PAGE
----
I mentioned to Lori my mother's remarkable behavior, and she said there was a very specific reason for it: My mother is so terrified of the RU that Lori bargained with her and said that if she changed her behavior, she might not have to move. Now, that puts us in a bit of a pickle, because according to Sunrise, she *is* moving. I told Lori, "I don't know how permanent this change is, either. And it's a little infuriating to know that she actually *can* control her behaviors." It's *more* than a little infuriating, actually, so I breathe in and out and tell myself that she is less stressed out now, her medications are being regulated, so maybe that gives her improved self-control.

Lori wants me to call the director and plead with him to give Pat another chance. But I am reluctant to do it, because I think they are pretty set. And also, because even though I know Pat will have a set back with the move, I kind of think she needs the extra care of the RU. I told Lori last night, "This is not a longterm solution. Longterm, Matt and I have discussed it, and I am taking her back to Missouri with me when I am ready to go back."

That probably sounds crazy. But truthfully, I've always thought that my dad would probably pass away first and that we would then move my mother to Missouri. I've been talking about it matter of factly for YEARS. If I am to be her point of contact, I need to be in the same city. Or at the very least, the same state. Also? This isn't Lori and Burke's responsibility. They are happy to help, they are lovely and generous and gracious. But she is my mother. And Matt's. Matt has offered to take her to Colorado, but I pushed to take her back with me. And that feels like the right decision to me. So, we could possibly tell her that the RU is temporary until she moves to Missouri, OR tell her that if she continues her improved behavior while living there temporarily, she can move back upstairs.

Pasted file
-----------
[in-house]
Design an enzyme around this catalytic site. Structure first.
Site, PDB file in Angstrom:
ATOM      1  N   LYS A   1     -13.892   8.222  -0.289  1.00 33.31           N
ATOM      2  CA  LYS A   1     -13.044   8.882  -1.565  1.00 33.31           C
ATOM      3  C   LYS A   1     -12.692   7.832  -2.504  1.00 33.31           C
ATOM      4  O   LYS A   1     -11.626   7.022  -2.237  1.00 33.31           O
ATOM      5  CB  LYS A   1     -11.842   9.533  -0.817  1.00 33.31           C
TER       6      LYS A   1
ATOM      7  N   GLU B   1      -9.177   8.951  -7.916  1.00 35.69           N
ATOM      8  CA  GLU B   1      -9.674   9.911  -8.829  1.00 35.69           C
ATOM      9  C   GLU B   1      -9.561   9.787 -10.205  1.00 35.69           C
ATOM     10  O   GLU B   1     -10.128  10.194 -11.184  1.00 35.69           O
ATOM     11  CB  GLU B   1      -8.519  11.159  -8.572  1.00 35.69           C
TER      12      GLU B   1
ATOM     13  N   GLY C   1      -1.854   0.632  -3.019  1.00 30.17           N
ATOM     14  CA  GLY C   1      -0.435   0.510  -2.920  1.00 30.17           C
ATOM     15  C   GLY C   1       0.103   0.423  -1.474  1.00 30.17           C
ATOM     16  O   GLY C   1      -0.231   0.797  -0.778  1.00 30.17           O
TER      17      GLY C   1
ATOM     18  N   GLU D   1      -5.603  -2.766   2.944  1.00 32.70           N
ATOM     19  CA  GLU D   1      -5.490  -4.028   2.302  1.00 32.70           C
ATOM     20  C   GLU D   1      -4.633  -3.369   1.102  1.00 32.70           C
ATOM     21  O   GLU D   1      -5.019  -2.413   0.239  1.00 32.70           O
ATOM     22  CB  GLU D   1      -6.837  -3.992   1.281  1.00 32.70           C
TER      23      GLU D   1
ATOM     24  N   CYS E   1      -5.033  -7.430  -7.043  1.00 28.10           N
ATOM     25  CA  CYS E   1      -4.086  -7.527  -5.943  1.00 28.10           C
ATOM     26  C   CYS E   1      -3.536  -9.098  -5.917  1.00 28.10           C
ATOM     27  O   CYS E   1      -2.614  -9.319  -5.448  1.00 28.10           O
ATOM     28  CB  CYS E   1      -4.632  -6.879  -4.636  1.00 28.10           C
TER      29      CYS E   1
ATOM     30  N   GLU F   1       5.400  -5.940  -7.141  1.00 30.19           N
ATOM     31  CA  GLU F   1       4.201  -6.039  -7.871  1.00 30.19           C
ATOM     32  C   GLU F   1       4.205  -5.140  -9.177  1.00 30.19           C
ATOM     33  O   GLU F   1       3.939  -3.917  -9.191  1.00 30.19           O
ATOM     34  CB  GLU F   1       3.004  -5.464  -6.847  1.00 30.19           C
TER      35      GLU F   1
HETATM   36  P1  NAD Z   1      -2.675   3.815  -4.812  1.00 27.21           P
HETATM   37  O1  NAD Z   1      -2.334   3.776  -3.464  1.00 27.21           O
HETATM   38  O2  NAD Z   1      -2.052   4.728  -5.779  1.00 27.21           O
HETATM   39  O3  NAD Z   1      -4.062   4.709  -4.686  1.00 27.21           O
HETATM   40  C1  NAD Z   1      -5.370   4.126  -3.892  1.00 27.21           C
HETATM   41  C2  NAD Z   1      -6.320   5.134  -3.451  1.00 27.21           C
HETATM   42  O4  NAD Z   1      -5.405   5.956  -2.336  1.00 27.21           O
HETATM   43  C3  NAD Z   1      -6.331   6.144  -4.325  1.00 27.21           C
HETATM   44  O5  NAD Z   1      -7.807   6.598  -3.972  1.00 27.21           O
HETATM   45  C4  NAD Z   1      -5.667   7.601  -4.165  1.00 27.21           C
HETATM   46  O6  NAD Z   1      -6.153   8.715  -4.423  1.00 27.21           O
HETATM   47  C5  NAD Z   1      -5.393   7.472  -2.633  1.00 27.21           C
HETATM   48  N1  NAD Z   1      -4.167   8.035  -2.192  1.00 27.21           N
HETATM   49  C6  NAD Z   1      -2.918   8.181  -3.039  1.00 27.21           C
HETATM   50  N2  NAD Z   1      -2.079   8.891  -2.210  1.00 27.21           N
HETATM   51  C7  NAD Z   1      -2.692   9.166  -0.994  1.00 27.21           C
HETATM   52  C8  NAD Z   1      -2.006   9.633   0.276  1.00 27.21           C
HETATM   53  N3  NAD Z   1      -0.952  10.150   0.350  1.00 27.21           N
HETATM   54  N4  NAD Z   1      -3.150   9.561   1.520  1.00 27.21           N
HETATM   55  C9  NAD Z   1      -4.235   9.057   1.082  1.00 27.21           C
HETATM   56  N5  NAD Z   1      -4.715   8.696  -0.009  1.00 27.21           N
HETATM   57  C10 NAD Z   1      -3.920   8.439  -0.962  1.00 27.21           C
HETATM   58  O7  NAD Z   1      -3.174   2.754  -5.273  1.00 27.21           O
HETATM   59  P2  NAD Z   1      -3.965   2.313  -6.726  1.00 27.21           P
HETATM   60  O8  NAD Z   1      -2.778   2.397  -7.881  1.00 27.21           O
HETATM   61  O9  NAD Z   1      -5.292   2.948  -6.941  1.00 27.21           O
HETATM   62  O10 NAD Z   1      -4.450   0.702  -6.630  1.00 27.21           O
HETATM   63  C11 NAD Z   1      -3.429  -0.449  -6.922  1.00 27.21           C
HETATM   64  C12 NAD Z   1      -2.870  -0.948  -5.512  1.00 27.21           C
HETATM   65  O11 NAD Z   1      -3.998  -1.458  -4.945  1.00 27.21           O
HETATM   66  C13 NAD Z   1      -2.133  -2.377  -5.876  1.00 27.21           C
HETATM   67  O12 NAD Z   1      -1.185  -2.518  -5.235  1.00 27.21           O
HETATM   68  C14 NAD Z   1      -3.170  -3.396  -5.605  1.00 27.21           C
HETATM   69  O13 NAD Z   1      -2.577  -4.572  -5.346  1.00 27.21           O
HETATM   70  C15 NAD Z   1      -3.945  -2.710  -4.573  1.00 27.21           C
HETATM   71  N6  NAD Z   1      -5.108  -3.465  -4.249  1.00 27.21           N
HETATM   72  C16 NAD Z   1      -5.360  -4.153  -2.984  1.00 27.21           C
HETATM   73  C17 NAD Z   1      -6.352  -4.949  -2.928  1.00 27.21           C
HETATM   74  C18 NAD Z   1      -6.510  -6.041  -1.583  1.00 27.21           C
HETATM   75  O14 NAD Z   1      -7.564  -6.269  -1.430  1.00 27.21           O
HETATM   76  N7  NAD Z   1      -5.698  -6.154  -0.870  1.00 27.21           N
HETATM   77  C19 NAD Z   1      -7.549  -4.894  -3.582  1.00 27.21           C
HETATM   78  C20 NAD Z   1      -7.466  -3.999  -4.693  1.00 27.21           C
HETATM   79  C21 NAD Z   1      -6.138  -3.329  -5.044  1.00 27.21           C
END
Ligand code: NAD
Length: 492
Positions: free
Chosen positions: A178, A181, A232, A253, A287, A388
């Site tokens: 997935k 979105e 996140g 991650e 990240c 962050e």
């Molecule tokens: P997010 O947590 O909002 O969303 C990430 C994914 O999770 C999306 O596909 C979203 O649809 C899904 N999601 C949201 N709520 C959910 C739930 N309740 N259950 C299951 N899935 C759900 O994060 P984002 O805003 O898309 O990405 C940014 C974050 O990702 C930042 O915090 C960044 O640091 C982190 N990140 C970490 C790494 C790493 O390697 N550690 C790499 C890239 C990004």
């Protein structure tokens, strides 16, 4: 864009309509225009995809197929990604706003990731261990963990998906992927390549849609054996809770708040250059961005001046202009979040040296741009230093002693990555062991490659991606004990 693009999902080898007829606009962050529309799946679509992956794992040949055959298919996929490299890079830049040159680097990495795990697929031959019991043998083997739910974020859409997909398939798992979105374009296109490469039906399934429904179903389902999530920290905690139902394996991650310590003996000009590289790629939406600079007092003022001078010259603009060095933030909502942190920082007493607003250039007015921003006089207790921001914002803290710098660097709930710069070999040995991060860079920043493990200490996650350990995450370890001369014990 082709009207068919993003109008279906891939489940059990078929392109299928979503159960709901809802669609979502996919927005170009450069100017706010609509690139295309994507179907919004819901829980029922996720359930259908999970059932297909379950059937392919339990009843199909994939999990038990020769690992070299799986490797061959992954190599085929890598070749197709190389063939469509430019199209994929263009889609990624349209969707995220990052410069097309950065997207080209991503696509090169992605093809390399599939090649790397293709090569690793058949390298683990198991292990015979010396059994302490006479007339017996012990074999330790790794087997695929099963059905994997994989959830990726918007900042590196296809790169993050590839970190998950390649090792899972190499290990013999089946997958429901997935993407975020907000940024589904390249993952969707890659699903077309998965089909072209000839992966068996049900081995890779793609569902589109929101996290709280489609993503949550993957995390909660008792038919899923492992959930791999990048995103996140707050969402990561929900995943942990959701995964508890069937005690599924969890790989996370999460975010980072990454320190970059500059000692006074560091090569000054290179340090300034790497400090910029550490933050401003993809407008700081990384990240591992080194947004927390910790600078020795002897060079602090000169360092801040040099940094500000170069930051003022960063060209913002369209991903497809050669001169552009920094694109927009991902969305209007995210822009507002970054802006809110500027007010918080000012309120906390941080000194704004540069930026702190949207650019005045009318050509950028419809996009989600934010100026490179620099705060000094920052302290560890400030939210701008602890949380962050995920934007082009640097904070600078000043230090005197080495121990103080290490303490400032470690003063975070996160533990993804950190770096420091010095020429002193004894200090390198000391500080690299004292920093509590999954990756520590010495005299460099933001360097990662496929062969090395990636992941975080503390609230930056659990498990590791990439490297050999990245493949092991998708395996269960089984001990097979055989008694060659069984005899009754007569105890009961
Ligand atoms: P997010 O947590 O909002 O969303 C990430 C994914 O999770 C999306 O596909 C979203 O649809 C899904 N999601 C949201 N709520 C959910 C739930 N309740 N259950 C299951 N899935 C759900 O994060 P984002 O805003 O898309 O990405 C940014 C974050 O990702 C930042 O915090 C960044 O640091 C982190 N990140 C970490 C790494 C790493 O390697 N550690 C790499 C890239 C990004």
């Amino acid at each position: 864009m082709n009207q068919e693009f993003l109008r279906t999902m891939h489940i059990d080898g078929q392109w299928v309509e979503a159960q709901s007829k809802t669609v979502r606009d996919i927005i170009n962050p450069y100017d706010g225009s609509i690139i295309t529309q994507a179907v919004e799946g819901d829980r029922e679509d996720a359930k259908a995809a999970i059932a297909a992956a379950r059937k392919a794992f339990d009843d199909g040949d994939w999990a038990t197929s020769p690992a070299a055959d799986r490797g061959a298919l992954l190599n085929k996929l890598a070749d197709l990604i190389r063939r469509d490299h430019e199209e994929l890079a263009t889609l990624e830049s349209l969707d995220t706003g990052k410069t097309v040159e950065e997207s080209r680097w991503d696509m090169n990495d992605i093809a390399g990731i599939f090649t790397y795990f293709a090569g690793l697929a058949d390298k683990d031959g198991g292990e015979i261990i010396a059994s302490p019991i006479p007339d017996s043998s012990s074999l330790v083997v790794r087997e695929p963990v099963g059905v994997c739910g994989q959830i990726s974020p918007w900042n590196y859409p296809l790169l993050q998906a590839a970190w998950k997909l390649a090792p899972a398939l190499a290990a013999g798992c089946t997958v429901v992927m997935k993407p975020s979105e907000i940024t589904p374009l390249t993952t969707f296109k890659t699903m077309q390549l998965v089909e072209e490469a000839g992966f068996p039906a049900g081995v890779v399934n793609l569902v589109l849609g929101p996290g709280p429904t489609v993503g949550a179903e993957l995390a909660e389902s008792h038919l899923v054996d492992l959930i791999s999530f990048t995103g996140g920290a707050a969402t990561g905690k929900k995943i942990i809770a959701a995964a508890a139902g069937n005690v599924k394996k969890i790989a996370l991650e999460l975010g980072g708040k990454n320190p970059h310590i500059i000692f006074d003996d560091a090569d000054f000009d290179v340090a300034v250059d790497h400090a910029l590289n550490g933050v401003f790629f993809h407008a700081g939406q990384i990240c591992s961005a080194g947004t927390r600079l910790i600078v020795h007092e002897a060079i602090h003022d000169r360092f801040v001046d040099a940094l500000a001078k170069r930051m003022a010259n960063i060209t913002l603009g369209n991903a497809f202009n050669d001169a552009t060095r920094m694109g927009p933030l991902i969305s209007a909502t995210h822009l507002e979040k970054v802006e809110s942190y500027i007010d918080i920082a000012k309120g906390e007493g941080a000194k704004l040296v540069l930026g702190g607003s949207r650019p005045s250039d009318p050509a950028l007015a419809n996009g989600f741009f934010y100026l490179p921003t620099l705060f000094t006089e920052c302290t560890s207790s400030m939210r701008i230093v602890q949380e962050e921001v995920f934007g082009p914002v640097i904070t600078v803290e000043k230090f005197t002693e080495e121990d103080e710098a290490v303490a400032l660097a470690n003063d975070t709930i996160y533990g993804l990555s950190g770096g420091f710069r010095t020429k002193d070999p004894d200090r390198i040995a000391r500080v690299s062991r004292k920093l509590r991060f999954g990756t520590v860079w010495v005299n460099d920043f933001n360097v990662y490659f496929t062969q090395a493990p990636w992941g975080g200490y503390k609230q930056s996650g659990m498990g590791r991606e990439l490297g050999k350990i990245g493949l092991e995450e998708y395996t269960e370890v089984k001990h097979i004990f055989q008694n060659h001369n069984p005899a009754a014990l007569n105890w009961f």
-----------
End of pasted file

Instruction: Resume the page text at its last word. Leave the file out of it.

We spoke to a woman named Lyle in the RU. She says she is the oldest staff person at Sunrise, and working in the dementia unit has been eye opening for her. She sparkles, and she clearly loves her job. But she told us, "I have both Altzheimer's and high cholesterol in my family history. I think I'm just going to eat more steak."

I laughed about that for the next two days.

We did see one older woman in the RU randomly opening and closing the doors of people's apartments. From what I hear, it's not the staff you have to worry about with theft. It's the other residents. My mother lost her original engagement ring last week. I was crushed, because I *knew* she had it up there with her. I had found it in a bathroom drawer while looking for manicuring scissors. I mentioned at the time that I was nervous about it being there, but she insists that she is careful. I am sure she *tries* to be. However, she is not always successful at remembering to lock her door. Or remembering where she has put things. I should talk-- I left my purse at the grocery store yesterday and didn't realize it until two hours later. Of course, this is Utah, so it was fine, but things like that make me wonder whether my own dementia is coming on.

She found the ring later, but I told Matt, "I'm going to replace it with cubic zirconia. I wonder if I can get the other one off her finger and replace that too." However, the one on her finger may be OK.

Yesterday when she came in looking for ice packs, I bit my tongue because in the RU, residents don't have refrigerators in their rooms. One of my mom's friends had asked about us getting a microwave for her upstairs room, but we ignored the request. It's certainly out of the question in the RU.
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I'm not going to lie and say it was easy for me to return to Utah from Missouri. Last Friday afternoon, I had a panic attack. I cried for about an hour. Dereck held me while I sobbed, "I don't want to go back. I don't want to do this. I don't want to go back. I don't want to go back."

The next morning, I wept when I said goodbye to my boys. I pulled myself together to leave them, but then I cried on the commuter plane to St. Louis.

Sunday was a hard day. In the morning, the CNA came to help my dad with his shower. When my dad was showering, he really noticed for the first time how skinny he is getting. It startled him a lot. He spent a long time just lying in bed that day, thinking. At one point, he got up and said he wanted to talk to us. He has changed his mind about not wanting a funeral. We spoke of who would speak, music, where it would be. Then he said, "I knew that my life with your mother was over. But I'm really going to miss you guys. And I'm really going to miss watching your kids grow up."